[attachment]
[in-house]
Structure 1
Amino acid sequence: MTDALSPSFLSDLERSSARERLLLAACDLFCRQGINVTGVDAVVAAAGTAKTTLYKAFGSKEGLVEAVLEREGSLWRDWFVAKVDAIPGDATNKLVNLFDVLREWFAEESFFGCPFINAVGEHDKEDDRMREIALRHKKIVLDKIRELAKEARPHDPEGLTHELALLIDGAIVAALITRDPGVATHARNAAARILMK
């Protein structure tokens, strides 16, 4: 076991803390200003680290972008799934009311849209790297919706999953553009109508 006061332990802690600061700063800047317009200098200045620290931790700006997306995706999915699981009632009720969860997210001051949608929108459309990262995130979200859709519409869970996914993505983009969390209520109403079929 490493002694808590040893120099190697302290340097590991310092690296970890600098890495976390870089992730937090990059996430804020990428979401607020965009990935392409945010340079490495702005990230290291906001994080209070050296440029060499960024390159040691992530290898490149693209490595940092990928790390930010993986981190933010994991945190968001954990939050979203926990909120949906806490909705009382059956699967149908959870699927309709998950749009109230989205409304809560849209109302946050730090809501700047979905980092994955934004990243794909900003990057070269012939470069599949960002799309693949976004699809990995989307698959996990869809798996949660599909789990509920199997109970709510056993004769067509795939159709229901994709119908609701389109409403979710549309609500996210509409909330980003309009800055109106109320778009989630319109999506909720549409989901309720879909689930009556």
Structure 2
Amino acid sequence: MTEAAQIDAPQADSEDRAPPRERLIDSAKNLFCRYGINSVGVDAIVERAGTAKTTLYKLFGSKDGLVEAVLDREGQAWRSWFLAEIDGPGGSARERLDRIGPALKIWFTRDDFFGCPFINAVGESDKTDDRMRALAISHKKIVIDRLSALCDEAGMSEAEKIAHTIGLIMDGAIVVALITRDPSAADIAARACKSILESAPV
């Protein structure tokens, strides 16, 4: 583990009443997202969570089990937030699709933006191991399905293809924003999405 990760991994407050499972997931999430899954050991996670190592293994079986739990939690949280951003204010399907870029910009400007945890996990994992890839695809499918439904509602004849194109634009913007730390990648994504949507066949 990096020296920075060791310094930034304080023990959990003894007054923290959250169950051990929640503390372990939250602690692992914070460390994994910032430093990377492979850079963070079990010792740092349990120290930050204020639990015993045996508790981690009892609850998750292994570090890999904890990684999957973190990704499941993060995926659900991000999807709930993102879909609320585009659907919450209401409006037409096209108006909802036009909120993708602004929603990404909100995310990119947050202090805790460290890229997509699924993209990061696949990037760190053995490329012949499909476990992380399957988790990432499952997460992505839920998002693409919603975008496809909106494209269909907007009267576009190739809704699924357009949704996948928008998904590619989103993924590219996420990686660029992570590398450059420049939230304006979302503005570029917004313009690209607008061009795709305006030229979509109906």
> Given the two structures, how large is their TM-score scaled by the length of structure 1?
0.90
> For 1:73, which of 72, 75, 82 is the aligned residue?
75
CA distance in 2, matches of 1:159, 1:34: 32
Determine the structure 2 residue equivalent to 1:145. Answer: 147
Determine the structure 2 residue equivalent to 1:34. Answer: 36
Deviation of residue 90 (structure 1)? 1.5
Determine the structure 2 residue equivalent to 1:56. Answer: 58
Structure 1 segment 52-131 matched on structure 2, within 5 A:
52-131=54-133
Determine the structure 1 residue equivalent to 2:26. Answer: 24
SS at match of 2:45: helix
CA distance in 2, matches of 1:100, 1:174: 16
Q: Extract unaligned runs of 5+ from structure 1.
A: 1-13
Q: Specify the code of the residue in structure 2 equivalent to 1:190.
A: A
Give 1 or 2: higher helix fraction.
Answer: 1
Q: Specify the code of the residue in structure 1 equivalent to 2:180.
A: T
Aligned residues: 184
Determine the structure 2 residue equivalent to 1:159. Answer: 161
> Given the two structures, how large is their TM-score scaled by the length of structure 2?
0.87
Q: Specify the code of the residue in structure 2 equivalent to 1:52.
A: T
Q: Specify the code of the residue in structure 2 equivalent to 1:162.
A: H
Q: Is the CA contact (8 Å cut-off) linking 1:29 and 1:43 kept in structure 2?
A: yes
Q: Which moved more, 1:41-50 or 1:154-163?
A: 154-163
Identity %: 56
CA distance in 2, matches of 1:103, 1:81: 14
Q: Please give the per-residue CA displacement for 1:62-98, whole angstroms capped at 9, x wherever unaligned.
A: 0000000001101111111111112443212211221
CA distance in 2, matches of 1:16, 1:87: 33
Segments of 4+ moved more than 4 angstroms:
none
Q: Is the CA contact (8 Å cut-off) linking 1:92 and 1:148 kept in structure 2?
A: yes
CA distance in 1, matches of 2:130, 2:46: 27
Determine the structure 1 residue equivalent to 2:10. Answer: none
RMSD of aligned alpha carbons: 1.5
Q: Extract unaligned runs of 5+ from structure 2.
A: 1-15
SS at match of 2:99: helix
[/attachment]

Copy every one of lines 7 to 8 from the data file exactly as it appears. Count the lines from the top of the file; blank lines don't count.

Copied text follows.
């Protein structure tokens, strides 16, 4: 583990009443997202969570089990937030699709933006191991399905293809924003999405 990760991994407050499972997931999430899954050991996670190592293994079986739990939690949280951003204010399907870029910009400007945890996990994992890839695809499918439904509602004849194109634009913007730390990648994504949507066949 990096020296920075060791310094930034304080023990959990003894007054923290959250169950051990929640503390372990939250602690692992914070460390994994910032430093990377492979850079963070079990010792740092349990120290930050204020639990015993045996508790981690009892609850998750292994570090890999904890990684999957973190990704499941993060995926659900991000999807709930993102879909609320585009659907919450209401409006037409096209108006909802036009909120993708602004929603990404909100995310990119947050202090805790460290890229997509699924993209990061696949990037760190053995490329012949499909476990992380399957988790990432499952997460992505839920998002693409919603975008496809909106494209269909907007009267576009190739809704699924357009949704996948928008998904590619989103993924590219996420990686660029992570590398450059420049939230304006979302503005570029917004313009690209607008061009795709305006030229979509109906």
> Given the two structures, how large is their TM-score scaled by the length of structure 1?